Growing up, holidays were always an excuse to get new books. Whether you are looking for something to celebrate Easter or just welcome the changing season, the following books are a great option for the young reader in your life.
FIRST STORIES: BEAUTY AND THE BEAST, Feb 7, 2017 by Dan Taylor, Silver Dolphin Books, Feb. 7, 2017, Boardbook, $8.99 (ages 1 -4); FIRST STORIES: CINDERELLA by Dan Taylor, Silver Dolphin Books, March 14, 2017, Boardbook, $8.99 (ages 1 -4); FIRST STORIES: RAPUNZEL, by Dan Taylor, Silver Dolphin Books, March 14, 2017, Boardbook, $8.99 (ages 1 -4)
Beauty and the Beast, Cinderella and Rapunzel come to life in Silver Dolphin Books’ First Stories series by Dan Taylor. These are the classic tales you know and love simplified in scope but embellished with push, pull and turn elements.
At 3, my daughter has almost outgrown boardbooks, so it takes something really enticing to get her to open one. The minute she saw these three books, she took them away and figured them out on her own. She went through each one at least twice before moving on to something new. I think these books will enter into our “gift rotation” for a couple of nieces and nephews who are on the way.
AGES 2 AND UP
WHAT WILL GROW? by Jennifer Ward and Susie Ghahremani, Bloomsbury Children’s Books, Feb. 14, 2017, Hardcover, $16.99 (ages 2-5)
Seeds can be big or small, round or pointy, and all sorts of colors. They can become flowers, trees, fruits, or vegetables, and they sprout all times of year, during spring, summer, fall, and winter. But all seeds have one thing in common–inside each is a new plant life waiting to emerge. What kind of plant will bloom? Wait and see what will grow! —Synopsis provided by Bloomsbury Children’s Books
What Will Grow is the perfect book for this time of year. At our house, we started tomatoes, peppers and eggplants inside at the beginning of March. This weekend we planted peas, shallots and strawberry starts in our new raised garden beds. Our 3-year-old helped us with the whole process.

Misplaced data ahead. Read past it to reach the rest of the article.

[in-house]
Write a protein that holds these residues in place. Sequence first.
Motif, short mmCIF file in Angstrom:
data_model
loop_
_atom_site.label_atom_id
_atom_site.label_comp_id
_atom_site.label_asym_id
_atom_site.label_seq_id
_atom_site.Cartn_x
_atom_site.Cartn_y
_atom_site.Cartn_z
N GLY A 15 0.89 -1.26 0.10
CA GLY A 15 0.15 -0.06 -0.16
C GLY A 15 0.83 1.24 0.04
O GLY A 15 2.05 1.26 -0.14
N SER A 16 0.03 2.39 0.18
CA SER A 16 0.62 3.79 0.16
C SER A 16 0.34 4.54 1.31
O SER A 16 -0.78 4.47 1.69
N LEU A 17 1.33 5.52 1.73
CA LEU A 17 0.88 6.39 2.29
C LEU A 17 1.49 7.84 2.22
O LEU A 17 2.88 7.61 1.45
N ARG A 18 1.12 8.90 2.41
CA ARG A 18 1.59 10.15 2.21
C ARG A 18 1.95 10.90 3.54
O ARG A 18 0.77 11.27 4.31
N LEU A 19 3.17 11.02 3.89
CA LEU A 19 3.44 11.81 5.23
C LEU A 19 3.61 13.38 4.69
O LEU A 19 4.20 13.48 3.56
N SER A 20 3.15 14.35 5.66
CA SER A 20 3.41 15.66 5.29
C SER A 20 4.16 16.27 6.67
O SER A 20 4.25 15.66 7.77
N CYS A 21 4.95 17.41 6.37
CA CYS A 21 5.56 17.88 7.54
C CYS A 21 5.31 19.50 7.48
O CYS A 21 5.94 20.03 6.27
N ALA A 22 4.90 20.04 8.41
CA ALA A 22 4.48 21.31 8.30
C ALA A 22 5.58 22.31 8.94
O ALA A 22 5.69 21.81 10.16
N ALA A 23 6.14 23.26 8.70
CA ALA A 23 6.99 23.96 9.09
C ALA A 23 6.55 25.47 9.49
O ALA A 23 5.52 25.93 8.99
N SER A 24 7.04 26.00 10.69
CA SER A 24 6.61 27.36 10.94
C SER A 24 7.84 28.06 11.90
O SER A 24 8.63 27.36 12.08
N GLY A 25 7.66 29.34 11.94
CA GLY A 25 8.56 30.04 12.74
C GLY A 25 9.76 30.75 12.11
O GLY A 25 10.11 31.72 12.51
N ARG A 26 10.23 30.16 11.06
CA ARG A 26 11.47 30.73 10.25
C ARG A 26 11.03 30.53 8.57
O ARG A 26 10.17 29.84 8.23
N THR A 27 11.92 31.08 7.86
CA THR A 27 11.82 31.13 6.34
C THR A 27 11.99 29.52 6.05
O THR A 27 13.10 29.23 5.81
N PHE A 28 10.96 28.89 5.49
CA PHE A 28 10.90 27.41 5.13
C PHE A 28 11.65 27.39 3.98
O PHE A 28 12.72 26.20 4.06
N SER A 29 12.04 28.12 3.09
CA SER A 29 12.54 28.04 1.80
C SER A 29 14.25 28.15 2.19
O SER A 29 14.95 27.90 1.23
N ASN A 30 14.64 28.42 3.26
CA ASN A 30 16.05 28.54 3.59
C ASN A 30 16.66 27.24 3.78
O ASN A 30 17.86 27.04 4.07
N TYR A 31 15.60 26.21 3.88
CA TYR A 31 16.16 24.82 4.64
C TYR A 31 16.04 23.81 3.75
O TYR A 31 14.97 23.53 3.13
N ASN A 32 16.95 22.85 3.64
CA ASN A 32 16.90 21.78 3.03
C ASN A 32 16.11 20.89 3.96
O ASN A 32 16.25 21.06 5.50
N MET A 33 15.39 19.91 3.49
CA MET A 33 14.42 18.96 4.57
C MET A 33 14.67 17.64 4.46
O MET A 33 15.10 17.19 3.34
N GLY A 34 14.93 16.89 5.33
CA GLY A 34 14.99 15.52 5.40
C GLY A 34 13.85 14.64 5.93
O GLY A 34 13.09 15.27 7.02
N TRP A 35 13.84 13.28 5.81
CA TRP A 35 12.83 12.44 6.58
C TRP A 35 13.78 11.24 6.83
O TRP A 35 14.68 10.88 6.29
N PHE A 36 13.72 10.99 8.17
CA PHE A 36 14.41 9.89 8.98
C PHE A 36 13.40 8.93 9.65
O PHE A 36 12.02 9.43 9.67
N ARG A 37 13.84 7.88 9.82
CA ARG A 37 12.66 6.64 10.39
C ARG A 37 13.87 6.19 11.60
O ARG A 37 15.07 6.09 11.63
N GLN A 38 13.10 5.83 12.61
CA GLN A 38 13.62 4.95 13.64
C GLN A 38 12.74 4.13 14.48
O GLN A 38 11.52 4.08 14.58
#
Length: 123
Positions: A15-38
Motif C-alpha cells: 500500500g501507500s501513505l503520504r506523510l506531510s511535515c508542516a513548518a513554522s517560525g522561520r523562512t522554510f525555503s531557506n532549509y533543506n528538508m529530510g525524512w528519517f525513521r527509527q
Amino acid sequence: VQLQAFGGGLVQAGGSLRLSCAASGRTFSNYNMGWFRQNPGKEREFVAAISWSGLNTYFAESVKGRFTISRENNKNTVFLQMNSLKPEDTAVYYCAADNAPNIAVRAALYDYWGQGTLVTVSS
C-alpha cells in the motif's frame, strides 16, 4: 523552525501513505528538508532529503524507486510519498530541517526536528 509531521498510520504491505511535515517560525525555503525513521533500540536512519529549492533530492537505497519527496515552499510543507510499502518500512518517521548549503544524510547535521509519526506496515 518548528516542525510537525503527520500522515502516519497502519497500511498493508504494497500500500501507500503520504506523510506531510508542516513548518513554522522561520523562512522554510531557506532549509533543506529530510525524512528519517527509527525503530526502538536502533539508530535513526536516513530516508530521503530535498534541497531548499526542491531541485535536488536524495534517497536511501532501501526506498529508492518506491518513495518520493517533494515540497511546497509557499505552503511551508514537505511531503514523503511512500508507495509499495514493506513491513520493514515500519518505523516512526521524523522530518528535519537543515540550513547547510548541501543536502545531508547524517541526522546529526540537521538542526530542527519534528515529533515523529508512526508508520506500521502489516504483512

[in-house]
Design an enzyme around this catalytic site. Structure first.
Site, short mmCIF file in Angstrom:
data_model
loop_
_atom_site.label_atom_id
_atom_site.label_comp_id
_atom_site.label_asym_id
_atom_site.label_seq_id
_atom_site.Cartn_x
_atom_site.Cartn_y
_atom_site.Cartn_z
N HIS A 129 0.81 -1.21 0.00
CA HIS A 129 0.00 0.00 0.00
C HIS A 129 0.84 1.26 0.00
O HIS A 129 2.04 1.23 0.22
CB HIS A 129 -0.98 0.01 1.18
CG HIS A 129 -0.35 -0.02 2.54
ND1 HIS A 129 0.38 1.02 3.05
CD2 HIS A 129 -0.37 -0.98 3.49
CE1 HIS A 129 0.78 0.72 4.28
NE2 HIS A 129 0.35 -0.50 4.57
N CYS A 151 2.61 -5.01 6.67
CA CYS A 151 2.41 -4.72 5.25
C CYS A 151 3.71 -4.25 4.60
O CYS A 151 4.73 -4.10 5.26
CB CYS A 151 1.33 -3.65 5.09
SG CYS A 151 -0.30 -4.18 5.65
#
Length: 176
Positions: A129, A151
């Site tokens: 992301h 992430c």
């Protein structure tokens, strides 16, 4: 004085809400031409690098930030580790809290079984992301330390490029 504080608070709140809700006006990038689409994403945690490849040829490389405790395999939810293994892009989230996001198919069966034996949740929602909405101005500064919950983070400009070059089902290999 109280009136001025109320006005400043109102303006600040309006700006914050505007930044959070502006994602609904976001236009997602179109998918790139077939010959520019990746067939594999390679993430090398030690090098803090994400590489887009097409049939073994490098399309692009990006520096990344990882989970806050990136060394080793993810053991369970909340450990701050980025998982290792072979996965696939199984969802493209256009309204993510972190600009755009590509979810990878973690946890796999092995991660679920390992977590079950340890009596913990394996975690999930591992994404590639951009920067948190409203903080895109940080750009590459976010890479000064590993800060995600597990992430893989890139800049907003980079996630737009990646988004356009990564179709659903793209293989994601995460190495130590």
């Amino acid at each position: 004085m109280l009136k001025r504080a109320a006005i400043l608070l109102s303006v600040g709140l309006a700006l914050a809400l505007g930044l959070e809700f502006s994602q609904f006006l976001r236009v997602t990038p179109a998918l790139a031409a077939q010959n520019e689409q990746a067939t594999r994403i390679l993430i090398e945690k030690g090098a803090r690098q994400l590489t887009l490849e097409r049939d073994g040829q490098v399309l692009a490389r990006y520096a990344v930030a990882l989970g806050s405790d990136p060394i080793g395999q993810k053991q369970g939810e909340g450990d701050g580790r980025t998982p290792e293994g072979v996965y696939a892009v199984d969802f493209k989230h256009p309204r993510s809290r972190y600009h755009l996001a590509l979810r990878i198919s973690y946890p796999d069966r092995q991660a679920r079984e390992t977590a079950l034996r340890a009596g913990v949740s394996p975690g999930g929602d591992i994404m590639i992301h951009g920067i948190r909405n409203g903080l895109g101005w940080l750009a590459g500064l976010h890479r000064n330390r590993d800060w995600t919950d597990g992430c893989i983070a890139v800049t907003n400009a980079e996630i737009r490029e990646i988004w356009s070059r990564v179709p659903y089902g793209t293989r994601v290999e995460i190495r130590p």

I can’t think of a better way to reinforce the idea that flowers, trees, fruits and vegetables come from seed rather than the grocery/home store. Our daughter loves the charming illustrations, including a ladybug on almost every page (her favorite!), and the pull-out gatefolds that make What Will Grow more than a book. There’s a fact section at the end of the book detailing when and how to plant the seeds featured and a chart showing the stages from seed to plant.
Pair What Will Grow with a packet of seeds to create an awesome gift. This could make for a really fun family activity that continues throughout the summer.
WE’RE GOING ON AN EGG HUNT, by Laura Hughes, Bloomsbury Children’s Books, Feb. 14, 2017, Hardcover, $17.99 (ages 2-5)
We’re going on an egg hunt.
We’re going to find them all.
We’re REALLY excited.
Hooray for Easter Day!
Join a family of bunnies as they set off on an lift-the-flap Easter egg hunt. There are ten eggs to find and count–but watch out for the obstacles along the way . . . Lambs, chicks, bees, and ducks await, and there’s even a wolfish surprise, so be careful! —Synopsis provided by Bloomsbury Children’s Books